March 11, 2023 Bird Walk to Pella Crossing with Jamie Simo

March 15, 2023

After scouting out Pella Crossing the day before on a very chilly and overcast Friday morning, it was a blessing to wake up to such a sunny, beautiful day on Saturday. Unsurprisingly, the majority of activity at Pella was at Webster Pond, which is set aside as an emergent wetland for native fish and is therefore closed to fishing. The pond held 11 different species of duck.

Right away we spotted both Canvasback and Redhead ducks, which are two diving ducks sometimes confused for each other. Males of both species have reddish heads in breeding plumage, but while Redheads have conventional round heads, Canvasbacks are easily distinguished by their “ski slope-like” foreheads, which make their profile very triangular.

Male Canvasback. Photo by Jamie Simo
Male Redhead. Photo by Jamie Simo

Among other diving ducks seen were Lesser Scaup and Ring-necked Duck, which are also often confused for each other. While males of both species sport black heads which shine iridescent in the right light, Lesser Scaup males have grey backs with whiter flanks. Ring-necked Duck males, however, have black backs and greyer flanks with a white vertical “spur” at the shoulder area. If close enough, you can also see that Ring-necked Ducks have ringed bills while Lesser Scaups lack this feature.

Male Ring-necked Duck. Photo by Jamie Simo
Male Lesser Scaup. Creative Commons [[File:Lesser Scaup (11636209866).jpg|Lesser_Scaup_(11636209866)]]

Although it’s still a little early for spring migration, we did witness several hints of spring. We saw several Hooded Merganser males, which are a type of fish-eating duck, exhibit courtship behavior, puffing up their crests and stretching their necks out for the accompanying females.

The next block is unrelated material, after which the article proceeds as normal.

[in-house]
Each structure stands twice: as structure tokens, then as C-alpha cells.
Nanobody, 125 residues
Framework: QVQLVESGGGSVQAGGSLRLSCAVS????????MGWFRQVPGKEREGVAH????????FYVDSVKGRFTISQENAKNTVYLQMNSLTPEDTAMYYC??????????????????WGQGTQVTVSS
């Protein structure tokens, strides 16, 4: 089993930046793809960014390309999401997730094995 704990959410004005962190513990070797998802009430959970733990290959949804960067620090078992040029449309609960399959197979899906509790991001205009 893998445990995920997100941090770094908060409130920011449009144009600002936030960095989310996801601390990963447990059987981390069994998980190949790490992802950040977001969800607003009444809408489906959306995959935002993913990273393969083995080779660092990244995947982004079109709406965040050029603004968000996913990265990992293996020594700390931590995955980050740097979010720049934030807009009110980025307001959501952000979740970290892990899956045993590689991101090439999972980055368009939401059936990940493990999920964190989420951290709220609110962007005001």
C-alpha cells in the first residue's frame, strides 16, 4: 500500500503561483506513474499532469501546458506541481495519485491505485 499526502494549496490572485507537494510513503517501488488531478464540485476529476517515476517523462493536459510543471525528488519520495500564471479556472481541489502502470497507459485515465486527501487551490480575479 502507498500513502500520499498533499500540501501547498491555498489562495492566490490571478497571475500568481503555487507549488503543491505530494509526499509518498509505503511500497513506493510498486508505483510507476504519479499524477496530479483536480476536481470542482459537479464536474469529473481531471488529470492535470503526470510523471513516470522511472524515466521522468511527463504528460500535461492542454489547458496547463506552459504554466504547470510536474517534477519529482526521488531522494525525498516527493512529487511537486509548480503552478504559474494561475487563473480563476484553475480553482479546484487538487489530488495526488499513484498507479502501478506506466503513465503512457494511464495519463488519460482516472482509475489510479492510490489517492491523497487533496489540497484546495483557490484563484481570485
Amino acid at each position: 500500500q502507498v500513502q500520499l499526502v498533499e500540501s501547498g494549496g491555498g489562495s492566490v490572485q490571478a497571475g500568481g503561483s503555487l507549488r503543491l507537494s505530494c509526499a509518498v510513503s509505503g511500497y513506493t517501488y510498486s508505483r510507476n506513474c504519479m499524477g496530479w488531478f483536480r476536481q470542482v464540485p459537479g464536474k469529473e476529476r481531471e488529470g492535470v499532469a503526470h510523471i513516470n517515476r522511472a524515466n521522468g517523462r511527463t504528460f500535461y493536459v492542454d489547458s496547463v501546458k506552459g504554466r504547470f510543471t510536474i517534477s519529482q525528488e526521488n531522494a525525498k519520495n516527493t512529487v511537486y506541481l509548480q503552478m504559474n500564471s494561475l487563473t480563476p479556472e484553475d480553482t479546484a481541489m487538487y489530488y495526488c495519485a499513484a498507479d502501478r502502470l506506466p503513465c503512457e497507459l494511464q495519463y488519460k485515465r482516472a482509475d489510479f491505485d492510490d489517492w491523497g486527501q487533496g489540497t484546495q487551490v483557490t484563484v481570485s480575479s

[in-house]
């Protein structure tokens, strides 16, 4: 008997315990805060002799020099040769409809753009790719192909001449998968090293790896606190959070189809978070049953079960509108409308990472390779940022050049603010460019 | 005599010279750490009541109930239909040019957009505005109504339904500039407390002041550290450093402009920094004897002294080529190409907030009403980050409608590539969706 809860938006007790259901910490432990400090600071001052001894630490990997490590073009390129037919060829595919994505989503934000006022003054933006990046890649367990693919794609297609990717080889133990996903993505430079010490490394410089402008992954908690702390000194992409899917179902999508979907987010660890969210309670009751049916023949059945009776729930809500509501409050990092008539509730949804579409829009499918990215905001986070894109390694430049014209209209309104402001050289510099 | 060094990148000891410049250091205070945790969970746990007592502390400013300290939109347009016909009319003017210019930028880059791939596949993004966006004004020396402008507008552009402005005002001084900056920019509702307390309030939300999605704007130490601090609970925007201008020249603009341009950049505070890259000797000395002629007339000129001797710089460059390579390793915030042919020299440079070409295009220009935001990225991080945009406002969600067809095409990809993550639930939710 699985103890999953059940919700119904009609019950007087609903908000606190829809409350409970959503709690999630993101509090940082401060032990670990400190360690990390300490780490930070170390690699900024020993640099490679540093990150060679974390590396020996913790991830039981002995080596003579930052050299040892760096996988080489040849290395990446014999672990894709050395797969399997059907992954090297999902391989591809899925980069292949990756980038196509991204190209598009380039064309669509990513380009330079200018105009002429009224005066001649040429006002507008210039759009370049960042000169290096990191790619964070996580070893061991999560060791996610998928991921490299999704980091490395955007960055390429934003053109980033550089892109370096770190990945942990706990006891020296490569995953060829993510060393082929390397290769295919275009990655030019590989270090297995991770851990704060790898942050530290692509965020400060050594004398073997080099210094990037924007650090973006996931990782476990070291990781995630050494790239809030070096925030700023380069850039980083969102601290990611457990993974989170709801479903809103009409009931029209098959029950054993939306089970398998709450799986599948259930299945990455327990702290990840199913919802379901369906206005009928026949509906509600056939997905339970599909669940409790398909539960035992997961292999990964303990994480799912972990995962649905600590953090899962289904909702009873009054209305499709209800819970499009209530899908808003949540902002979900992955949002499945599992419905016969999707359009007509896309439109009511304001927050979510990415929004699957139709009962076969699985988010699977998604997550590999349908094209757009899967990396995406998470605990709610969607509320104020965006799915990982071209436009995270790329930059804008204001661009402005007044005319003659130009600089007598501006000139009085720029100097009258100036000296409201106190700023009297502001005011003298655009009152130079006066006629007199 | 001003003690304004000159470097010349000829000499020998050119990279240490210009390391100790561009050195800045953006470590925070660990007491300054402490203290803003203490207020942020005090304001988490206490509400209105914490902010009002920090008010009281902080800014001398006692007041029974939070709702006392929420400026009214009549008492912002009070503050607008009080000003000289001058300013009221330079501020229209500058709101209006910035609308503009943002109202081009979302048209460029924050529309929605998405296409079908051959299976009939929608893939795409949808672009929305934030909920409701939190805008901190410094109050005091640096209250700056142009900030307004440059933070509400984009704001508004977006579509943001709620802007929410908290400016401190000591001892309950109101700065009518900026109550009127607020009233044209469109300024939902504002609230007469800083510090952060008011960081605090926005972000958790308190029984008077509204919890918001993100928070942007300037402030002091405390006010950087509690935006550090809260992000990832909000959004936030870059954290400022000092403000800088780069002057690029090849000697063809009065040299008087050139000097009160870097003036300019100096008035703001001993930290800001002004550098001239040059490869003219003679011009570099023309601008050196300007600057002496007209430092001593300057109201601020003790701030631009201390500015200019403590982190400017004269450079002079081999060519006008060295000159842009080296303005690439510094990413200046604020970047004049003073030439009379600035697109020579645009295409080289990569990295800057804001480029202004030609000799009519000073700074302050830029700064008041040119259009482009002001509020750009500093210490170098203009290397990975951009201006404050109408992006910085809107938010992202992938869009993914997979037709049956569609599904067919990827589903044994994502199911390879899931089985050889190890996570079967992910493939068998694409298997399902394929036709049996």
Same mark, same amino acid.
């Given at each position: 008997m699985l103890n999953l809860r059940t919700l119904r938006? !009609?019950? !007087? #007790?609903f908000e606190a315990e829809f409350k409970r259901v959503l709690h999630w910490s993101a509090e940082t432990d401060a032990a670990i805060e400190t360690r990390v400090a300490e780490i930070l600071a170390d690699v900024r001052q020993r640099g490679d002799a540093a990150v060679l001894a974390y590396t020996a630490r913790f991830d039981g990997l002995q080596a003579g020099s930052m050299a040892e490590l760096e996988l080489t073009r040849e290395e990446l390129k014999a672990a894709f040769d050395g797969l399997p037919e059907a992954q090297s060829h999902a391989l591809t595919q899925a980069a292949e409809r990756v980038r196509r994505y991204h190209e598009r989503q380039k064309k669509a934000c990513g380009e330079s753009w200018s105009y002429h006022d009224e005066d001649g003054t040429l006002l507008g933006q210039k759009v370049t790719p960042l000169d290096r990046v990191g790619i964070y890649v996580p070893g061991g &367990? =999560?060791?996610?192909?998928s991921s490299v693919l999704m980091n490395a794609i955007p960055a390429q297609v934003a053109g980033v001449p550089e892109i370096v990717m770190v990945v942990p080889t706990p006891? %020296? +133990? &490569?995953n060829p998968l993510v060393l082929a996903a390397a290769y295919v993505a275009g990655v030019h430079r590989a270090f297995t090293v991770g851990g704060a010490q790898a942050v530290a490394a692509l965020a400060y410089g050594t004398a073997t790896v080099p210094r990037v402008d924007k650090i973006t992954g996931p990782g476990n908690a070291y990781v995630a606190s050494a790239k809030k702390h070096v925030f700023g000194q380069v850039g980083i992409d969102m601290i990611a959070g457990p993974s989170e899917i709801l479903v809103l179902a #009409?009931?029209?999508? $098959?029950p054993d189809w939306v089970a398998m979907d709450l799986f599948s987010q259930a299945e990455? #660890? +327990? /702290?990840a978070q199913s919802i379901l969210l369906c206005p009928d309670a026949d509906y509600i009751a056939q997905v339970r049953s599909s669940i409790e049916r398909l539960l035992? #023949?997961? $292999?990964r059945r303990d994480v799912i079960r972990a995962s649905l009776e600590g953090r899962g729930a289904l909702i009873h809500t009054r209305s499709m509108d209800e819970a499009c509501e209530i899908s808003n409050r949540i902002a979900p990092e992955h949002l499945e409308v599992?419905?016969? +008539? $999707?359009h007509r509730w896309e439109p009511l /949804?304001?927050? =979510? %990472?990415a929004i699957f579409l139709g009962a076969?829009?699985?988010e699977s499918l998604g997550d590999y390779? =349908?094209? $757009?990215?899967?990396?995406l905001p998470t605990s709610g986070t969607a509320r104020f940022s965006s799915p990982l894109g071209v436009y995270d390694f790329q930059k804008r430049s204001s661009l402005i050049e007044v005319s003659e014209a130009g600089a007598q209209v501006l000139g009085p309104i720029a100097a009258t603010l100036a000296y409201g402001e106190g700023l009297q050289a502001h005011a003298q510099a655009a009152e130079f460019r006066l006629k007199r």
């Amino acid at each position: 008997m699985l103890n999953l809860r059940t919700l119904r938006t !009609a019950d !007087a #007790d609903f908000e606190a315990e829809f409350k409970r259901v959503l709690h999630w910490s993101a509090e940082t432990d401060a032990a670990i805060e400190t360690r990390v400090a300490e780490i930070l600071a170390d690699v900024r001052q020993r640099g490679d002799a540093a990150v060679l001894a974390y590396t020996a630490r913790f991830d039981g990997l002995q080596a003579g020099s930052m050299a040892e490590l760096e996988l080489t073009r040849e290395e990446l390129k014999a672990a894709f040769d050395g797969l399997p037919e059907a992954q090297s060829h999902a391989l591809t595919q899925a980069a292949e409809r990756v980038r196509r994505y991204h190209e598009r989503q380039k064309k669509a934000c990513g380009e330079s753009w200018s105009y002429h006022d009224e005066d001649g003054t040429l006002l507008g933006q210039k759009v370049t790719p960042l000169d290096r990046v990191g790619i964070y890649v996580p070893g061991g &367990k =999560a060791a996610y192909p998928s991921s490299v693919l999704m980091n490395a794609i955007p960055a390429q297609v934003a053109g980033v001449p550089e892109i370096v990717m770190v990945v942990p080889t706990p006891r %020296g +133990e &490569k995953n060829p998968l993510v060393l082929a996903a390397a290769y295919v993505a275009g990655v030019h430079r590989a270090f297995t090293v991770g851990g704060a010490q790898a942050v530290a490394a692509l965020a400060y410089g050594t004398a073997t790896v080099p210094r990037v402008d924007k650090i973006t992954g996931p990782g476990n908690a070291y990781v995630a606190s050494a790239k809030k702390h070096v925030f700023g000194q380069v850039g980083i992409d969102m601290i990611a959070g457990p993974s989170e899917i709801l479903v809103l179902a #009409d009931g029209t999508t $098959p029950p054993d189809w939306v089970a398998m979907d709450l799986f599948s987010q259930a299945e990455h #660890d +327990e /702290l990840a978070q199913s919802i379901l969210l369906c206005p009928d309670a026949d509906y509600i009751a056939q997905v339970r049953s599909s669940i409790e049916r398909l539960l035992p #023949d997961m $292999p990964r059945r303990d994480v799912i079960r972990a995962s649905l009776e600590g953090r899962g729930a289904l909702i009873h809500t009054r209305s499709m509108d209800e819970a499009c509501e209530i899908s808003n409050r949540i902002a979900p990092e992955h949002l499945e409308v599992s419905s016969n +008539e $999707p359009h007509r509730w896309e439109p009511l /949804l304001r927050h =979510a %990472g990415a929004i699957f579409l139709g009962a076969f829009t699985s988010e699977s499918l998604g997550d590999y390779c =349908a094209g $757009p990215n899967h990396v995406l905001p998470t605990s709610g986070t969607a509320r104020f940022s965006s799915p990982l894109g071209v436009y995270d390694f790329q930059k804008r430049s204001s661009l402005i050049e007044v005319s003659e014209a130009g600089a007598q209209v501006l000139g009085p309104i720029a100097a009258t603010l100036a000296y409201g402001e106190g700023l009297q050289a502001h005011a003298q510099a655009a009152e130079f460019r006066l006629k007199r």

Across the agricultural field to the south we also witnessed a Red-tailed Hawk bringing sticks to a nest. Such “nestorations” are a prelude to breeding and egg-laying, which may begin as early as later this month for this species. While songbirds were in short supply due most likely to the breeze, we did also see two other raptor species: two soaring immature Bald Eagles and, making its appearance just before reaching the parking lot at the end of the walk, an adult Cooper’s Hawk.

All-in-all we saw 28 species, which wasn’t bad for the “calm before the storm” of spring migration!

Pella Crossing Open Space, Boulder, Colorado, US
28 species

Cackling Goose  40
Canada Goose  100
Wood Duck  2     Quick fly over. Heard alarm call from female and saw two ducks.
Gadwall  11
American Wigeon  6
Mallard  6
Green-winged Teal  2
Canvasback  2
Redhead  3
Ring-necked Duck  1
Lesser Scaup  5
Bufflehead  3
Common Goldeneye  5
Hooded Merganser  8
Rock Pigeon (Feral Pigeon)  5
American Coot  1
Cooper’s Hawk  1
Bald Eagle  2
Red-tailed Hawk  2
Belted Kingfisher  1
Northern Flicker  1
Common Raven  2
American Robin  2
House Finch  4
American Goldfinch  1
White-crowned Sparrow  2
Song Sparrow  2
Red-winged Blackbird  6


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  1. Always appreciate features you point out to look at in specific to help identify within species. Thanks for posting.